Applying to College? Keep in mind that what you post online is public record – NBC Boston
cIf you are applying for college, you may have polished up your essays and submissions. It’s also a good idea to clean up your online profiles.
“If I was a student applying to college, I would assume someone could view my profiles,” said Christine Lilley, director of K-12 institutional partnerships at Kaplan.
The company has inside information about what college admissions officers think, and social media remains a wild card.
“Our survey found that 66% of college admissions officers believe that online profiles, social media, Facebook, etc., are fair game,” Lilley said.
Kaplan’s survey of college admissions officers has tracked the role of social media in the college admissions process since 2008. Last year’s survey of more than 200 admissions officers from some of the best schools in the country revealed that 27% of them visit candidates’ social media profiles to find out more about them.
Of those who viewed these profiles, 38% say what they found had a positive impact on future students, and 58% said what they found had a negative impact.
“When you post things on social media, you know, just keep in mind that it’s a public record,” Lilley said. “Not only can college admissions officers see it, but prospective…employers can see the information you post. So just be aware and aware.”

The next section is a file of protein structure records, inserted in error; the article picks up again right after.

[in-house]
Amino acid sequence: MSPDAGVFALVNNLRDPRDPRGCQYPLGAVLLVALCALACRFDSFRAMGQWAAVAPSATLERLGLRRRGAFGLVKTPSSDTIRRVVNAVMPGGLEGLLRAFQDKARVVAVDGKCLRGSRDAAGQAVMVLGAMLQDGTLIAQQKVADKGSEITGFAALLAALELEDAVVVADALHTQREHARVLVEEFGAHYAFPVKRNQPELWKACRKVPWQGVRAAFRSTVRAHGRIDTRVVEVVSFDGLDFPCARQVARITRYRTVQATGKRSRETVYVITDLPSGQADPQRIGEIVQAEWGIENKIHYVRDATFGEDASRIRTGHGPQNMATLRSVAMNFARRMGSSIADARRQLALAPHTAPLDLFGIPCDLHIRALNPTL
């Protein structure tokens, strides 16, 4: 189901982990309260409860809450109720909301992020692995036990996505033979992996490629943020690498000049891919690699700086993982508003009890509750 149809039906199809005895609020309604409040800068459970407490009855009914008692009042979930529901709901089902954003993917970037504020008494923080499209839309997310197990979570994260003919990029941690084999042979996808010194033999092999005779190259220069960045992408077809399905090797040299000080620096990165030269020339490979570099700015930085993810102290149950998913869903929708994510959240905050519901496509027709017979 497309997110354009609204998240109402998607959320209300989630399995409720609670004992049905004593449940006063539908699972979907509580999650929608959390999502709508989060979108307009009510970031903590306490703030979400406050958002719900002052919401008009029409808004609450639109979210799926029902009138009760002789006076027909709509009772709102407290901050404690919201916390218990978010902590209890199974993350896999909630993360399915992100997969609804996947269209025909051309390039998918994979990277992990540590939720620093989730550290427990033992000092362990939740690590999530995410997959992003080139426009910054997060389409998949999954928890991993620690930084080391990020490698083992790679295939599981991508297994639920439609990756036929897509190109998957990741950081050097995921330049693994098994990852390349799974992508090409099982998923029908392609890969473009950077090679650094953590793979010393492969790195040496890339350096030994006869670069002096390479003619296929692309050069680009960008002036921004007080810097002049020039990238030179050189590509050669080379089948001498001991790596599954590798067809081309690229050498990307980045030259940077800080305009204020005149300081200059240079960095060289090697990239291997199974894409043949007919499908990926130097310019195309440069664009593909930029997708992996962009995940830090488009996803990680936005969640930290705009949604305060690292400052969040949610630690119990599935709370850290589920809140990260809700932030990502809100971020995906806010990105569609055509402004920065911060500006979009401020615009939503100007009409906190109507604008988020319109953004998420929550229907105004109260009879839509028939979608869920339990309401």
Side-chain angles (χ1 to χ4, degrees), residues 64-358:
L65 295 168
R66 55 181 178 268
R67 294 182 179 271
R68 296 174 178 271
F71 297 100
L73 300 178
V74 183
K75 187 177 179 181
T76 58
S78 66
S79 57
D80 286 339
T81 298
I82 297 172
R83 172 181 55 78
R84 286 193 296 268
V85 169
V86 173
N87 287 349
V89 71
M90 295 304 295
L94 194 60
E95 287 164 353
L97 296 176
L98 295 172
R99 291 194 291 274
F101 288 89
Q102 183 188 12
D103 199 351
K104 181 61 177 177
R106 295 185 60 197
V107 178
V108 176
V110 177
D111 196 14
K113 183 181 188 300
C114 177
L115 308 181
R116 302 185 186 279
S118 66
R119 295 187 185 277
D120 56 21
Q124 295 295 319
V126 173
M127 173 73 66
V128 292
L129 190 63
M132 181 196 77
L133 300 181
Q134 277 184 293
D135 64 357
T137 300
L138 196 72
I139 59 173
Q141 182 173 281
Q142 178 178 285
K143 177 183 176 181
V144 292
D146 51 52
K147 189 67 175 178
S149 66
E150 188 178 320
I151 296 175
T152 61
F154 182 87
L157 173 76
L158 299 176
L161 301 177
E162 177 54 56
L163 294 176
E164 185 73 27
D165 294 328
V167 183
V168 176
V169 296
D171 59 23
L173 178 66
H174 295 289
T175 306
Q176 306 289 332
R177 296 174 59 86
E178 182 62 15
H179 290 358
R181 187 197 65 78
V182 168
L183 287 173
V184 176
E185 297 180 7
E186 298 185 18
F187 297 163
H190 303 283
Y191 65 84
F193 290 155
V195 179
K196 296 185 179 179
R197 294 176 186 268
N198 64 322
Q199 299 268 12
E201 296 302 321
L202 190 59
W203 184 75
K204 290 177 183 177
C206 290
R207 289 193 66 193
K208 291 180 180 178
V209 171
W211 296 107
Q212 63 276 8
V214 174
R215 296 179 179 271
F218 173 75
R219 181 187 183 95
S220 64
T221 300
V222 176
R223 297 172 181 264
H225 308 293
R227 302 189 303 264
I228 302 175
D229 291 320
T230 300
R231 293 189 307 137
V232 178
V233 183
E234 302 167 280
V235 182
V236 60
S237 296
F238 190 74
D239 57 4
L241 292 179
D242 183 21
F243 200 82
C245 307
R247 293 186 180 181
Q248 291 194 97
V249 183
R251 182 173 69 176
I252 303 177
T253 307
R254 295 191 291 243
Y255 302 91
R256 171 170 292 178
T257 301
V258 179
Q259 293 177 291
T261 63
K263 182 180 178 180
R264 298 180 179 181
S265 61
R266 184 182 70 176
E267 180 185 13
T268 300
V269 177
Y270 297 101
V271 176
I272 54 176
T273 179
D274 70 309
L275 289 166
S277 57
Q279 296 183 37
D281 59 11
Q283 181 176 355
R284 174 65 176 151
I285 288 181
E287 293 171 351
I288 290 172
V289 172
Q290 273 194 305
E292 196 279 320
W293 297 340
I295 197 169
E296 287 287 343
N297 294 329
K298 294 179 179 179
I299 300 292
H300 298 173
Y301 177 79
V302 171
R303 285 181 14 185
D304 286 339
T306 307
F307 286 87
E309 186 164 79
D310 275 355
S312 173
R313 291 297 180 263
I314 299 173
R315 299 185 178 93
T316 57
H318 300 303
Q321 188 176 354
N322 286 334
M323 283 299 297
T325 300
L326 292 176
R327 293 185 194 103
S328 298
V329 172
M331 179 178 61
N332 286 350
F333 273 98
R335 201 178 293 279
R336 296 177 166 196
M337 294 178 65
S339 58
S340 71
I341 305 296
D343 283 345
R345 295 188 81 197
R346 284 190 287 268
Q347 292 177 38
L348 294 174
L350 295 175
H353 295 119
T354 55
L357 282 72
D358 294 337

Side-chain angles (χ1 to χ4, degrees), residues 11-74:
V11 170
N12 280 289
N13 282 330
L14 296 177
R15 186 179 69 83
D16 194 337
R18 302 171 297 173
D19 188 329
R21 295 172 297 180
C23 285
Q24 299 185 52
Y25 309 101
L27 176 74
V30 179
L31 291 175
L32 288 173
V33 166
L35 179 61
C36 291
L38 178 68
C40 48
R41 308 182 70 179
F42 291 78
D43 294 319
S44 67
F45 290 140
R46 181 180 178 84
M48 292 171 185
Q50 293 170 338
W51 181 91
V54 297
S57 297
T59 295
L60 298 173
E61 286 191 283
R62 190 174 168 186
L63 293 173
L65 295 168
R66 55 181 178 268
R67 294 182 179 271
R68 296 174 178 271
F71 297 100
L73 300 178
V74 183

According to the survey, only 6% of admissions officers who have checked an applicant’s social media footprint say they do so often.
Elizabeth Heaton, a former UPenn admissions officer who is now with Bright Horizons College Coach, says she doesn’t think this is common practice.
“There are schools where they have more time to spend on the app,” Heaton said. “So generally, the more selective you are, the more time they’re going to spend on each application. And those are more likely to be the places, I think…that could Google a student and see what pops up.”
She added that luck could come into play.
“Some schools have a policy of random checks, so they may take a bunch of names and Google those students just to see if there’s anything coming up that’s somewhat disreputable,” Heaton said.
She recommends that students google themselves, take a critical look at their social media platforms, and get rid of anything they wouldn’t include in their application.
They should also not let their guard down once they are accepted.
In 2017, Harvard revoked the offers of admission of at least 10 incoming students who participated in an offensive Facebook group. It was not an isolated incident.
“We hear these stories every year, where students go to accepted student councils and post inappropriately,” Heaton said. “This is happening at colleges across the country where students do things after admission that come to the attention of the admissions office that can result in, at the very least…a student starting on probation or even having, if it’s particularly egregious, having the offer rescinded altogether.”
Students can and should use social media to their advantage in the college application process. They may want to create a LinkedIn profile where they can highlight major accomplishments that may relate to a future career interest or skill, and provide a link to the profile as part of their application.